I have been expecting news of widespread economic disaster in the northern hemisphere ski industry by now.Can anyone point to ski fields failing to open due to lack of snow. Just curious.

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    RB

    I’m a bit slow to reply to the previous story on droughts in Queensland.

    I looked at the red spot in NSW for the lowest rainfall for a 24 month period on record. The only station that has a long record and data in the area for the past few years (even stations still open?) is Angledoon.

    It is 89 mm less than for the 24 month period of 1943/44, but the beginning month back then had 141.7mm while Jan of 2013 had 13.0mm. The older record for 23 months is still about 40mm drier.

    Nearby Lightning Ridge had a drier January in ’43 and had 2mm less rainfall for the 1943/44 period (its annual average is 4mm less) than Angledoon in 2013/14. There is no annual rainfall after 2011 recorded for lightning Ridge PO (and a few others in the area). The Lightning Ridge Visitors Centre had about 1mm more than 1943/44 at the PO, about 35km south of Angledoon, so LR was about 3mm off of the 24 month record.

    This shows how variable the rainfall in the region is, so unless the record had been shattered for all stations within 100 kilometers, the lowest on record is meaningless.

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    Peter Miller

    In matters of climate, we all understand that the concept of: “The science is settled” is complete BS.

    Those that peddle this concept are scientifically ignorant bigots – don’t believe it? Just look up those who have said it.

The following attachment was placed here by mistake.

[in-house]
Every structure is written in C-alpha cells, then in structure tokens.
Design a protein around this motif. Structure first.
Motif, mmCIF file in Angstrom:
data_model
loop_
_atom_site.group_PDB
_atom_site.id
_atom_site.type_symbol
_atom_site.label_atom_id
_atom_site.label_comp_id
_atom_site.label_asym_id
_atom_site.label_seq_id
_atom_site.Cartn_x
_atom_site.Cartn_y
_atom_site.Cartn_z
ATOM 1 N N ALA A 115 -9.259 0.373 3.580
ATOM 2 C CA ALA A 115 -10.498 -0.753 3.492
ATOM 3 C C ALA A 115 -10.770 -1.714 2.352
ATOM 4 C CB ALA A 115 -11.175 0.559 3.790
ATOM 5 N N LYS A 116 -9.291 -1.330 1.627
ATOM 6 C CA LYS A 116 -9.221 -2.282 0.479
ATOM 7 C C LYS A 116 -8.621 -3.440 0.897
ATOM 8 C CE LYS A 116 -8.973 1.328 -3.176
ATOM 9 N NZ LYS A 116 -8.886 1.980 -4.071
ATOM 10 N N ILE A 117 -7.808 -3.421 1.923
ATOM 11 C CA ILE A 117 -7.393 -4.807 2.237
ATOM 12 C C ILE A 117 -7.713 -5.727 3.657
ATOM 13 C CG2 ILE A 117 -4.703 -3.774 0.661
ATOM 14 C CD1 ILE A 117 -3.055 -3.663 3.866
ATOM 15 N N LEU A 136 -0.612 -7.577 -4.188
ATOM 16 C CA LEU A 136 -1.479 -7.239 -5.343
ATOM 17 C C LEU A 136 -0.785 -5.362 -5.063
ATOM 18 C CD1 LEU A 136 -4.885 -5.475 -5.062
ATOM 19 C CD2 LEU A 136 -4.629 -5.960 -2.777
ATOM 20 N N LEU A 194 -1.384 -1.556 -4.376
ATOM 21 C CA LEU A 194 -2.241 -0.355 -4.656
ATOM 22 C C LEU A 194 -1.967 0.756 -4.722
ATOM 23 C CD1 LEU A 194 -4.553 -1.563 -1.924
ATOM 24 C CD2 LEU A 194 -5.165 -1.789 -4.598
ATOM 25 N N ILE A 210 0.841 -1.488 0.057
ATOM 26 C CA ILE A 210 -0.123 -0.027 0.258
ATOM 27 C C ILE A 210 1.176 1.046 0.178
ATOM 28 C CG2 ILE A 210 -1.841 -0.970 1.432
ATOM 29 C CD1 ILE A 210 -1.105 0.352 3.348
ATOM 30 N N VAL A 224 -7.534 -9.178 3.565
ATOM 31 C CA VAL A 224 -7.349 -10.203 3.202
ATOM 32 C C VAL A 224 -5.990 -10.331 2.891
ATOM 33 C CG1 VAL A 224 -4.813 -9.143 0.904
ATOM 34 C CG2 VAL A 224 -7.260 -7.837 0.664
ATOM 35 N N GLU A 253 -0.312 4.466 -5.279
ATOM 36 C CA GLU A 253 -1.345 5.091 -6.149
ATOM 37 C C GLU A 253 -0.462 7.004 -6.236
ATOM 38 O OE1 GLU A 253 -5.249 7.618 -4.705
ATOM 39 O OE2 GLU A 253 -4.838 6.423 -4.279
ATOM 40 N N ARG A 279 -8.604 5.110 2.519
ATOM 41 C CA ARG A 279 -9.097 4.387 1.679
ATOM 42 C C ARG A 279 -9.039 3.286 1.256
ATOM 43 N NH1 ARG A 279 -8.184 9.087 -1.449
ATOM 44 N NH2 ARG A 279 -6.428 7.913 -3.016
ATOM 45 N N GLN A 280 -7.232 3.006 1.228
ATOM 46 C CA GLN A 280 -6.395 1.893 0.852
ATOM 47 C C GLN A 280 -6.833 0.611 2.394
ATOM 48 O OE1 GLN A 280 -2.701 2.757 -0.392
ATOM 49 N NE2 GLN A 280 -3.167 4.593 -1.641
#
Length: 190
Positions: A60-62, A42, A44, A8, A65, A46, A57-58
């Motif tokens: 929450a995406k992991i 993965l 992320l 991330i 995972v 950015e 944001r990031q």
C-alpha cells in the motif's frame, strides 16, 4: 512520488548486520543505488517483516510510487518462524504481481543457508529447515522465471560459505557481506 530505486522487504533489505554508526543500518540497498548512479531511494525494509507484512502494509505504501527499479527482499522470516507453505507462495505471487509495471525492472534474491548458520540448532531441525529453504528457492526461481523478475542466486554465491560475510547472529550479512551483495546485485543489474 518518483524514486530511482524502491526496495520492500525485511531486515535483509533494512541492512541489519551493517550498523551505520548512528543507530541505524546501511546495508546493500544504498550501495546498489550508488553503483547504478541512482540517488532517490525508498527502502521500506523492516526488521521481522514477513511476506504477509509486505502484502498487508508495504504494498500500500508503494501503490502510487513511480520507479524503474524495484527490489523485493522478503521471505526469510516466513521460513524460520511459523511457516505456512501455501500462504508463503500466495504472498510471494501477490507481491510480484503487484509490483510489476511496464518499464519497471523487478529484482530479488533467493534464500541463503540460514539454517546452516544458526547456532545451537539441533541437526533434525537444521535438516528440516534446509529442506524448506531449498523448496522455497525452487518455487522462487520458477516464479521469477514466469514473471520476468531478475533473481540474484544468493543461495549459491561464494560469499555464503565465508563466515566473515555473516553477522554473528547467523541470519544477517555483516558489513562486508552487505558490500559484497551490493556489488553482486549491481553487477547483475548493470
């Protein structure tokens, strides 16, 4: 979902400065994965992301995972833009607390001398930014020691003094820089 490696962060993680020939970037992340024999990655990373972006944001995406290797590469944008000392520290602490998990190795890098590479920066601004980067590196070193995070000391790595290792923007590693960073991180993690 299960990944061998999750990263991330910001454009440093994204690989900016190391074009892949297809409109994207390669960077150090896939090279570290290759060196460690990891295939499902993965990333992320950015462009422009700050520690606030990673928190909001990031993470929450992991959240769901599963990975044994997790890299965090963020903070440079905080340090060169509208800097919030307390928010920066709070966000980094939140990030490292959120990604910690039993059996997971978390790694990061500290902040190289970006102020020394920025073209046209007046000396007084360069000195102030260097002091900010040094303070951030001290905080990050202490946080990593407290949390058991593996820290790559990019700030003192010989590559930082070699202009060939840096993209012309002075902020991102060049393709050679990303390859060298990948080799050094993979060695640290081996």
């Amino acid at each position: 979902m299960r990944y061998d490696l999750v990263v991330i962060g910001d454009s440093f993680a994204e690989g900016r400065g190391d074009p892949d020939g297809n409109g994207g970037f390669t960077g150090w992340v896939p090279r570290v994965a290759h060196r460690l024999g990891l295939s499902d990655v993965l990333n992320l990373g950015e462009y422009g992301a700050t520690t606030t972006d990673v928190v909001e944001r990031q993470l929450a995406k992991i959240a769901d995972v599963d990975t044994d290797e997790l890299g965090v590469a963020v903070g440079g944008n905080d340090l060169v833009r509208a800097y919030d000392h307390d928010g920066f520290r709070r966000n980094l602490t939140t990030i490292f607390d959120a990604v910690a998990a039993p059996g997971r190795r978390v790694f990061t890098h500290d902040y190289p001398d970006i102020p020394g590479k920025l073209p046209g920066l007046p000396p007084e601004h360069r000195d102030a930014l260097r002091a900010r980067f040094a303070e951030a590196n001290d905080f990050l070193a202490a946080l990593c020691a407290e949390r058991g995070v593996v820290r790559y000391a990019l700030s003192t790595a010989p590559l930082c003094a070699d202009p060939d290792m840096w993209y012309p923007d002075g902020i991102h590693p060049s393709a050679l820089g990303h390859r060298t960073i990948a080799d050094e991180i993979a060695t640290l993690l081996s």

Ignorant bigots also want to murder and cause mayhem in support of the concept: “The religion is settled”

    Ignorant bigots of both types have only one purpose in mind, namely to collapse the world economy in order to achieve their own perception of paradise.

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    Slywolfe

    Since carbon dioxide is “carbon pollution,” isn’t a drought “dangerously past peak Hydrogen” ?

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    The Backslider

    I have had quite enough of Islamist terrorists.

    I note that almost all of the terrorists in the recent sieges, both here and overseas have been previously convicted on terrorist charges.

    It is time now for a mandatory life sentence, throw away the key, for any conviction on any terror related charge.

    One strike and you are out.

    That will give them something to think about…..

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    Climate-Researcher

     

    You don’t need to “wait for the science” because it’s already here …

    When you realize that The Second Law of Thermodynamics can be used to explain the energy flows which maintain planetary core and surface temperatures, then you are left with no uncertainty that the CO2 conjecture is the greatest scientific mistake in all history.

    See http://climate-change-theory.com

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    Manfred

    …a mandatory life sentence

    In a ‘comfortable’ jail with three meals a day, the opportunity to acquire and education, free life long medical care…..all in all, a constant drain of resources, a bit like Green Renewables.

    Hmmm. Are their conceivably other, better ‘modeled’ solutions?

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      Manfred

      …there…

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        MadJak

        Obviously, anyone supporting or fighting a group who are in military conflict with ones own countries’ armed forces is, by definition a traitor….

        I don’t see how anyone fighting over in the middle east for groups fighting australian armed forces only gets a few years in prison. I thought there were meant to be more permanent punishments for treason.